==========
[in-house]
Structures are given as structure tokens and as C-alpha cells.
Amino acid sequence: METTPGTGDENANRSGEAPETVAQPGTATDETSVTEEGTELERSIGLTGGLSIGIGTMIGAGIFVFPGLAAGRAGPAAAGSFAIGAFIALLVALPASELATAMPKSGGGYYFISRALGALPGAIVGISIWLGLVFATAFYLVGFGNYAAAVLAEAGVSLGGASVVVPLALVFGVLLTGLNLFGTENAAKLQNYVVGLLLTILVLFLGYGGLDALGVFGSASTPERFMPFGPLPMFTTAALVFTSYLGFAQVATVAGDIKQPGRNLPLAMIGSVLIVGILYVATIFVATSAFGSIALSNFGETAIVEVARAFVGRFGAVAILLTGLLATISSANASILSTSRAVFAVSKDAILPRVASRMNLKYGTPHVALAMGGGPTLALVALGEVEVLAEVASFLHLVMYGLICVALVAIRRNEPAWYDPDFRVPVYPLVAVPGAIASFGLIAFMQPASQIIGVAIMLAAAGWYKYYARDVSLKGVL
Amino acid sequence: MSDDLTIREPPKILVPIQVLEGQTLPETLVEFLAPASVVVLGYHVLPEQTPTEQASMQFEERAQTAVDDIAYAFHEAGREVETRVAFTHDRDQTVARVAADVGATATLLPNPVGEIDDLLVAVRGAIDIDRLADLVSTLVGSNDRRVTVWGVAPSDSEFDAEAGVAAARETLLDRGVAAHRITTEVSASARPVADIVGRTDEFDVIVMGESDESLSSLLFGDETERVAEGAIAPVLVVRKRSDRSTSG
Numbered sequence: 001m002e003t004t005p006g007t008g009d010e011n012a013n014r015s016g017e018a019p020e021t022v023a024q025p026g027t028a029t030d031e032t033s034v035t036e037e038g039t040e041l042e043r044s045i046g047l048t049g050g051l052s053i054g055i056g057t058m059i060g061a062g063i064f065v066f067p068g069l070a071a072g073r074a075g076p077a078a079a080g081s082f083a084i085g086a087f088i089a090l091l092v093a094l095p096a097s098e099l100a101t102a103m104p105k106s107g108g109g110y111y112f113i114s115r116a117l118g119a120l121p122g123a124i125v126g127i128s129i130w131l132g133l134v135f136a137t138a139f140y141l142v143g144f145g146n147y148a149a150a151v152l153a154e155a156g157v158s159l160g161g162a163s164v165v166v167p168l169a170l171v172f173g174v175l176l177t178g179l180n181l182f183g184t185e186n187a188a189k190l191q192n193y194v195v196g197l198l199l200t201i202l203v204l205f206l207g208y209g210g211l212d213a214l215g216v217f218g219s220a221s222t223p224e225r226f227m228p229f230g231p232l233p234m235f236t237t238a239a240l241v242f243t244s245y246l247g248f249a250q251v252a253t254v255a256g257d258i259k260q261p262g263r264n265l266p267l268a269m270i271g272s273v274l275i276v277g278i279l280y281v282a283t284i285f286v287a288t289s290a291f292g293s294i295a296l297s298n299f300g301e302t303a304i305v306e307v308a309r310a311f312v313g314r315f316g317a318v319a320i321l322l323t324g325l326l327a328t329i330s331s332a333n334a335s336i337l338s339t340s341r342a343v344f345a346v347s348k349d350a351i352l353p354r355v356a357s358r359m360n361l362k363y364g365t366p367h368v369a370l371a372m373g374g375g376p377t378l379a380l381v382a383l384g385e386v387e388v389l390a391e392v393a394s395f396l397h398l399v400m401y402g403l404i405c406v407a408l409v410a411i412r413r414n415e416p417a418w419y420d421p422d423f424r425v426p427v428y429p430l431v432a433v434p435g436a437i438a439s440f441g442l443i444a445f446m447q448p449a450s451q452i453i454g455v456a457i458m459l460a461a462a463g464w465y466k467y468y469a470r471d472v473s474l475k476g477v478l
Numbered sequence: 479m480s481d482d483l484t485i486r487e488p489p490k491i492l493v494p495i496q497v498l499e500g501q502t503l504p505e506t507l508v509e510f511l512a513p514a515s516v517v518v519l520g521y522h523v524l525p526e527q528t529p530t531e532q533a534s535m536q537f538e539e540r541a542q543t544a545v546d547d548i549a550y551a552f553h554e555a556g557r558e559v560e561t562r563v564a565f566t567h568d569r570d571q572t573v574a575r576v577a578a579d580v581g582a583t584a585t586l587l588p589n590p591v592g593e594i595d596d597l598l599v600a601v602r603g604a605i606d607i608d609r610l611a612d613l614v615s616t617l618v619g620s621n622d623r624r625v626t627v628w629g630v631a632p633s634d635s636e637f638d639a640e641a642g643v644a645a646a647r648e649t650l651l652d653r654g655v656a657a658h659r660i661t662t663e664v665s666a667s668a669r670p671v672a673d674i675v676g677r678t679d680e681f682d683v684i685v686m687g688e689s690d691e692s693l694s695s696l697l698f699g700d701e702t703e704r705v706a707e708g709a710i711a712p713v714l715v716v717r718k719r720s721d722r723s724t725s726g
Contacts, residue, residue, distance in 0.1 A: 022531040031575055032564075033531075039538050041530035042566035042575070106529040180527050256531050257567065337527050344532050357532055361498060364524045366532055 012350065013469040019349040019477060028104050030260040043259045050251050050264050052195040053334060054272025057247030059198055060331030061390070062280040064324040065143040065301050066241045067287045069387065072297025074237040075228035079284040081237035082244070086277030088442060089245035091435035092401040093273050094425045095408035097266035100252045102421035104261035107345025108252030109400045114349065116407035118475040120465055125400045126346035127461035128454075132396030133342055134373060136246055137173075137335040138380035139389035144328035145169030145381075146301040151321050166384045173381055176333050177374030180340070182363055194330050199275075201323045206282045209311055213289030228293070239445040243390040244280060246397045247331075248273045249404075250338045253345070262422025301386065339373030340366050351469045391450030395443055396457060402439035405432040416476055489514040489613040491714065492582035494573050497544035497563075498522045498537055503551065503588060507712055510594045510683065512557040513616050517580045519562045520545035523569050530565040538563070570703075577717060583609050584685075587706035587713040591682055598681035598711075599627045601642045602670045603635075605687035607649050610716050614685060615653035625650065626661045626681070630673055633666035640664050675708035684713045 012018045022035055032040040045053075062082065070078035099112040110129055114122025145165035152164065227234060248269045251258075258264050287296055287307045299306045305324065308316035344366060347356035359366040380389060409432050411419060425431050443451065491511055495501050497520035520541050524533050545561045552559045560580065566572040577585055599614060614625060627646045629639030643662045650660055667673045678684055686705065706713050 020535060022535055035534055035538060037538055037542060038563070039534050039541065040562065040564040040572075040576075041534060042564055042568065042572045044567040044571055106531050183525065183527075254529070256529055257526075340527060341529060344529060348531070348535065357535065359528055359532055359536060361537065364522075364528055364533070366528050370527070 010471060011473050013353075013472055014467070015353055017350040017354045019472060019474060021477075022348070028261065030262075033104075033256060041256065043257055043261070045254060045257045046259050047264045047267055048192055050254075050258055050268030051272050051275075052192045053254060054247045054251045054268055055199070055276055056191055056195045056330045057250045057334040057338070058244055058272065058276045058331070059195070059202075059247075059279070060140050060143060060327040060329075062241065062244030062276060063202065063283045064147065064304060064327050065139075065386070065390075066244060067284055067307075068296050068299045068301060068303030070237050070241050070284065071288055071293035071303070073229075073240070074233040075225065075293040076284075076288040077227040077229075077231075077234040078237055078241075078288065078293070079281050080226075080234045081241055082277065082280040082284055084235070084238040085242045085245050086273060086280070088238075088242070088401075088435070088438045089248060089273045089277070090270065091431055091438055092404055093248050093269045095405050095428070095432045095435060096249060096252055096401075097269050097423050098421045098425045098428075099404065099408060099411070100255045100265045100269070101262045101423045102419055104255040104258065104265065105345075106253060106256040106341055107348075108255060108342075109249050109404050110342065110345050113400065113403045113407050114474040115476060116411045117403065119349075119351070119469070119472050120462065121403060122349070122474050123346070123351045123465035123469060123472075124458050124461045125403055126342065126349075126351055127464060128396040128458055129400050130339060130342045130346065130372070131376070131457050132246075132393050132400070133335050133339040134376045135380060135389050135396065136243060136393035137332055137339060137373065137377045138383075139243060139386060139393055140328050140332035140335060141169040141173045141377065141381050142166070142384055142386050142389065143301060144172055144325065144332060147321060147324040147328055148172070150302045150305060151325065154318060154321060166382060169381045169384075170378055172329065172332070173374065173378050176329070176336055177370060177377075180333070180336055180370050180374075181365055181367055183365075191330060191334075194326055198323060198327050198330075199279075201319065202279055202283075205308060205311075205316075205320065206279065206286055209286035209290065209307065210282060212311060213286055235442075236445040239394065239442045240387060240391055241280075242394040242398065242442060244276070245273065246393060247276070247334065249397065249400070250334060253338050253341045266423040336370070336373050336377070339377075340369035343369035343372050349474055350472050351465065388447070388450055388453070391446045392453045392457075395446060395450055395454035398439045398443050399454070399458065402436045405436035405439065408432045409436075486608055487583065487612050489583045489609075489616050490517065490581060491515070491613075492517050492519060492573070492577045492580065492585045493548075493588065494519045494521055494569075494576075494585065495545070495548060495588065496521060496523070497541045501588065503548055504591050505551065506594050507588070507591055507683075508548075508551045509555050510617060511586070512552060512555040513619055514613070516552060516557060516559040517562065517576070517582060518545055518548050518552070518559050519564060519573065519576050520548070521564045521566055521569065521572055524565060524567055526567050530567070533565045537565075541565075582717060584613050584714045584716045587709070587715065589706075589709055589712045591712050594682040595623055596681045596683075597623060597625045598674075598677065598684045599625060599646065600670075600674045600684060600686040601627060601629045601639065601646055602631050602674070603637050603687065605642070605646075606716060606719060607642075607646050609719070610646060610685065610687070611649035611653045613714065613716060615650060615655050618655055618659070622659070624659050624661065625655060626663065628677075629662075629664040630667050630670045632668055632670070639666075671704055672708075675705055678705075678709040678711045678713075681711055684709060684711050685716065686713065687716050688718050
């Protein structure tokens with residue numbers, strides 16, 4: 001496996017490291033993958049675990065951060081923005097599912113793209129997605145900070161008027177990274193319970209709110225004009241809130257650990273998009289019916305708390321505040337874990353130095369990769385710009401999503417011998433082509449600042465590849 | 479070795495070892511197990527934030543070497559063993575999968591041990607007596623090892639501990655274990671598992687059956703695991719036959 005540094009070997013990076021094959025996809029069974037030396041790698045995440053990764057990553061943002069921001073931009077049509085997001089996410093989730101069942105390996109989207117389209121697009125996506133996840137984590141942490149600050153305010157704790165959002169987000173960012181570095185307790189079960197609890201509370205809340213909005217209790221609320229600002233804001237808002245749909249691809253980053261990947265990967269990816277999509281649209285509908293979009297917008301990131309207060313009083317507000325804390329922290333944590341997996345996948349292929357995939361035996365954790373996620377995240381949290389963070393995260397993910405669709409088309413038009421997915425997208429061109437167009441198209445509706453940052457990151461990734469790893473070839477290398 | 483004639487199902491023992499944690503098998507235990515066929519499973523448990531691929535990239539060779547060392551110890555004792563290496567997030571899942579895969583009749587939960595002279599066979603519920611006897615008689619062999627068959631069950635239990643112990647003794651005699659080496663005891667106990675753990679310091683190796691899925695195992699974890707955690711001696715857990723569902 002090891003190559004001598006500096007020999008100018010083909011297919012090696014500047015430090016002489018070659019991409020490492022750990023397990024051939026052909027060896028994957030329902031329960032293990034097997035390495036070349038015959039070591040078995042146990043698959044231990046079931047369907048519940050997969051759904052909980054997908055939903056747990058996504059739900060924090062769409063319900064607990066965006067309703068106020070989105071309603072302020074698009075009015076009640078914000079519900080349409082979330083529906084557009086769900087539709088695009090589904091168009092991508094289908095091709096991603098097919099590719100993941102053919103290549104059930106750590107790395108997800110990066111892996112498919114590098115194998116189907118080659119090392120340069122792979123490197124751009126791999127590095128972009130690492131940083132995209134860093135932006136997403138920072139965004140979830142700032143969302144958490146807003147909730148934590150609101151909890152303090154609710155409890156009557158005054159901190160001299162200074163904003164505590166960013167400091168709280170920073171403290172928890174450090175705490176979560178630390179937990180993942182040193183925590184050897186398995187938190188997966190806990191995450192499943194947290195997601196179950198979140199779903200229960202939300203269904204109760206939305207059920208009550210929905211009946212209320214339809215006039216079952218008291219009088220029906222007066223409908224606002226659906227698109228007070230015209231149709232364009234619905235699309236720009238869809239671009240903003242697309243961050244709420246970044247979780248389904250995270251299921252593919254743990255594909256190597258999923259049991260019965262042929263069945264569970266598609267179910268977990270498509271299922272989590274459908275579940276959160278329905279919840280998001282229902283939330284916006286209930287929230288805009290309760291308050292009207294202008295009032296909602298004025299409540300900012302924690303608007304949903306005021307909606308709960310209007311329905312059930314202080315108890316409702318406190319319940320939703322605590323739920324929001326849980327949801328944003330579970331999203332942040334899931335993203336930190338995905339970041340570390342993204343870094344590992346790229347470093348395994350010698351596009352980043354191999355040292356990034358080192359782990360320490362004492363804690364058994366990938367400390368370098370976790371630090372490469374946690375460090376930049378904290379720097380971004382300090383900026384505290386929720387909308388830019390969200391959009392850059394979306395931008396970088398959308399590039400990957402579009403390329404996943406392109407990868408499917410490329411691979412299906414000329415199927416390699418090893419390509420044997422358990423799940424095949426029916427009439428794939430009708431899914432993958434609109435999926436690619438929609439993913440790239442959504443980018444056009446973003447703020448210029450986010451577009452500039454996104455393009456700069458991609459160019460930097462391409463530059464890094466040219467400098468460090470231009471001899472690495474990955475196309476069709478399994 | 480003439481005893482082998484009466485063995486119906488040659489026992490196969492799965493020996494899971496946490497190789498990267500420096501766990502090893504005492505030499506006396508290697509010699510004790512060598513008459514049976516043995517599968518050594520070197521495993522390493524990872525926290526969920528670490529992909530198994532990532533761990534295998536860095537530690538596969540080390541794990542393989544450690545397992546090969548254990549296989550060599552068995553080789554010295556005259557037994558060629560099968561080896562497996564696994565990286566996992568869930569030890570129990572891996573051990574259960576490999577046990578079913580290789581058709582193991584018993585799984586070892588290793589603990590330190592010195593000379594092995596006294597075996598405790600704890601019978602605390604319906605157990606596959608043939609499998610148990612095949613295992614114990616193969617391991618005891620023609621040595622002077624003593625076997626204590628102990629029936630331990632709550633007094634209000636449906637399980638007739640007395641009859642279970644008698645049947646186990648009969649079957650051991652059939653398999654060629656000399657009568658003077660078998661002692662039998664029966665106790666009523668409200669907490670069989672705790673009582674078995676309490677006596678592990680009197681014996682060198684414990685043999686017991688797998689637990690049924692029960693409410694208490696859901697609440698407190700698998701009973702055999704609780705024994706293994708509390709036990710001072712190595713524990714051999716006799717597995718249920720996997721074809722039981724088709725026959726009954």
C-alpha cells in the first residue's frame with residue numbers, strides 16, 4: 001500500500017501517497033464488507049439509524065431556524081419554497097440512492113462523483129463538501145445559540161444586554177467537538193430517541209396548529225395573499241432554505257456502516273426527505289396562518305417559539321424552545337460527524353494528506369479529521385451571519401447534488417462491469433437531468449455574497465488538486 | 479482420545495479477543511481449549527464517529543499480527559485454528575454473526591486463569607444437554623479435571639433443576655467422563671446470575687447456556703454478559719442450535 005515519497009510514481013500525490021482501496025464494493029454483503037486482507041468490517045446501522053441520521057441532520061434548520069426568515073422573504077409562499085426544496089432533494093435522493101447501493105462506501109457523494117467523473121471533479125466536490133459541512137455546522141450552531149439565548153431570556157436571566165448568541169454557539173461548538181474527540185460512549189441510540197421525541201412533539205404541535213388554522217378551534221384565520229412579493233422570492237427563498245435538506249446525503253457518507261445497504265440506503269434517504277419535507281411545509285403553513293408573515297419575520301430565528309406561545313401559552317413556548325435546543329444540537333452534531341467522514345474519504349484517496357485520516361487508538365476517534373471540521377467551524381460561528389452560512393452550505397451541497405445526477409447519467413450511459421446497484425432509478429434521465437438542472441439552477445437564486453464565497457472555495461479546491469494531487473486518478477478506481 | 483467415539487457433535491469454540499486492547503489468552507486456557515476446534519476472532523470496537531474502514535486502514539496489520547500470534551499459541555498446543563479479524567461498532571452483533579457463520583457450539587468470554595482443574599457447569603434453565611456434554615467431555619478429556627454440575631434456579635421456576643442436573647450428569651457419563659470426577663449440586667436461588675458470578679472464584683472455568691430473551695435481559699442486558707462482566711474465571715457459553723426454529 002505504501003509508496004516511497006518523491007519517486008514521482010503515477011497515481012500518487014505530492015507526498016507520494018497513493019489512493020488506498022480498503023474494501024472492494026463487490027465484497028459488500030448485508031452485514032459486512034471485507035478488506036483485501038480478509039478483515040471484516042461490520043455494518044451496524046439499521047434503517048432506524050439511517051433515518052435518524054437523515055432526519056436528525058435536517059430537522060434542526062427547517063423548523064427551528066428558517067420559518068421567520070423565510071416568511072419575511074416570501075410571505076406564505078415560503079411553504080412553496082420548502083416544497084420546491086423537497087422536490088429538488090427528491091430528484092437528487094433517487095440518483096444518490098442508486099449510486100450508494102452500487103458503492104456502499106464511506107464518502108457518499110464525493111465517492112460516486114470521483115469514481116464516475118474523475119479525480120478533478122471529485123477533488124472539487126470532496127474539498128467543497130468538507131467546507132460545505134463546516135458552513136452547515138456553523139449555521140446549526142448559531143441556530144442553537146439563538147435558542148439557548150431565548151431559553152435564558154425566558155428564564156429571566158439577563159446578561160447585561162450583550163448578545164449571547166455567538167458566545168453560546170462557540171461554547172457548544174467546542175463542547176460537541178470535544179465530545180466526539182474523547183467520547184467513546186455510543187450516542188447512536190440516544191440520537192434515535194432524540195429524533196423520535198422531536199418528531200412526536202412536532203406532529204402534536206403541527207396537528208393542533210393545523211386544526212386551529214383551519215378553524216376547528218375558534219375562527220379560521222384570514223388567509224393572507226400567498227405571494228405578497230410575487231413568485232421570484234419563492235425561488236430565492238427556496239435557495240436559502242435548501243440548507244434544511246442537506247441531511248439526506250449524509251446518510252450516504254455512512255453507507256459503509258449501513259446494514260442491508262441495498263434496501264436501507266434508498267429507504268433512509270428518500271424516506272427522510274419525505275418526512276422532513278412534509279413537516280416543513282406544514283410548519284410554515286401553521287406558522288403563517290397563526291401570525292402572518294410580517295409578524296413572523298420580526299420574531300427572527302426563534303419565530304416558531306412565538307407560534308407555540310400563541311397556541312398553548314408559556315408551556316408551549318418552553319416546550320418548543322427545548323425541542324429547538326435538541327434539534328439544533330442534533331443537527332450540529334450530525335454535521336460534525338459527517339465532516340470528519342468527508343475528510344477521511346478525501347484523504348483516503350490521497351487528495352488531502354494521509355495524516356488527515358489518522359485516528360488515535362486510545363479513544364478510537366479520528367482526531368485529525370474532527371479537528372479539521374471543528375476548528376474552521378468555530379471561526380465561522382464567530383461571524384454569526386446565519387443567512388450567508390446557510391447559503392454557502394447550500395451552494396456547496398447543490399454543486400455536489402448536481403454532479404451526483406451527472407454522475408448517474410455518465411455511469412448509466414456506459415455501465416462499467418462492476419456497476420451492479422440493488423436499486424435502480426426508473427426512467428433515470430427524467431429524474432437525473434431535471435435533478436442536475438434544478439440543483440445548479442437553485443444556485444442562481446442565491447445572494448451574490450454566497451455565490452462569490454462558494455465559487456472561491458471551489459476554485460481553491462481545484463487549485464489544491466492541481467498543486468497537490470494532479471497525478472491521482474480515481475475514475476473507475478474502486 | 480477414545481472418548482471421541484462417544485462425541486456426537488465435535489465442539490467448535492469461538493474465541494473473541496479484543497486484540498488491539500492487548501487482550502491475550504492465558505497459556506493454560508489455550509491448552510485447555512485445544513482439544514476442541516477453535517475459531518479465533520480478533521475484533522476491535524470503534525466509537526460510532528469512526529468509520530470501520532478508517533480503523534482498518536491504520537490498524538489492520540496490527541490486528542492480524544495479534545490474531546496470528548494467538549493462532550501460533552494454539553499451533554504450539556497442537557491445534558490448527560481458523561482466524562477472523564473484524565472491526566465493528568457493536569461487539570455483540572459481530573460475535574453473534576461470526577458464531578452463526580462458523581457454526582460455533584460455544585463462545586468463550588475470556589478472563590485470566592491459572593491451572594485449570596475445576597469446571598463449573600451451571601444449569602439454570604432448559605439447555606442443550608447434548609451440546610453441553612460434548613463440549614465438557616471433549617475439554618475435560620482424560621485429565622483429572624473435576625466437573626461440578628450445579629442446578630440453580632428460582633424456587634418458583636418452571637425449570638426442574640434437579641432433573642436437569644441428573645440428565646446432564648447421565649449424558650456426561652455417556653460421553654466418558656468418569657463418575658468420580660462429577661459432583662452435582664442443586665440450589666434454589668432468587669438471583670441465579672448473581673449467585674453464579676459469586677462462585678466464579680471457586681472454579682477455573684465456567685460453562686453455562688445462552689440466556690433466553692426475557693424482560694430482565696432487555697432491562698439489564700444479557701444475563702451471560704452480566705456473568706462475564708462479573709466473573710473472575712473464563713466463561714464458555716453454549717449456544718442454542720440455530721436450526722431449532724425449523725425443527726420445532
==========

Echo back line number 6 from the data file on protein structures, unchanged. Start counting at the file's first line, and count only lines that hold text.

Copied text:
Numbered sequence: 479m480s481d482d483l484t485i486r487e488p489p490k491i492l493v494p495i496q497v498l499e500g501q502t503l504p505e506t507l508v509e510f511l512a513p514a515s516v517v518v519l520g521y522h523v524l525p526e527q528t529p530t531e532q533a534s535m536q537f538e539e540r541a542q543t544a545v546d547d548i549a550y551a552f553h554e555a556g557r558e559v560e561t562r563v564a565f566t567h568d569r570d571q572t573v574a575r576v577a578a579d580v581g582a583t584a585t586l587l588p589n590p591v592g593e594i595d596d597l598l599v600a601v602r603g604a605i606d607i608d609r610l611a612d613l614v615s616t617l618v619g620s621n622d623r624r625v626t627v628w629g630v631a632p633s634d635s636e637f638d639a640e641a642g643v644a645a646a647r648e649t650l651l652d653r654g655v656a657a658h659r660i661t662t663e664v665s666a667s668a669r670p671v672a673d674i675v676g677r678t679d680e681f682d683v684i685v686m687g688e689s690d691e692s693l694s695s696l697l698f699g700d701e702t703e704r705v706a707e708g709a710i711a712p713v714l715v716v717r718k719r720s721d722r723s724t725s726g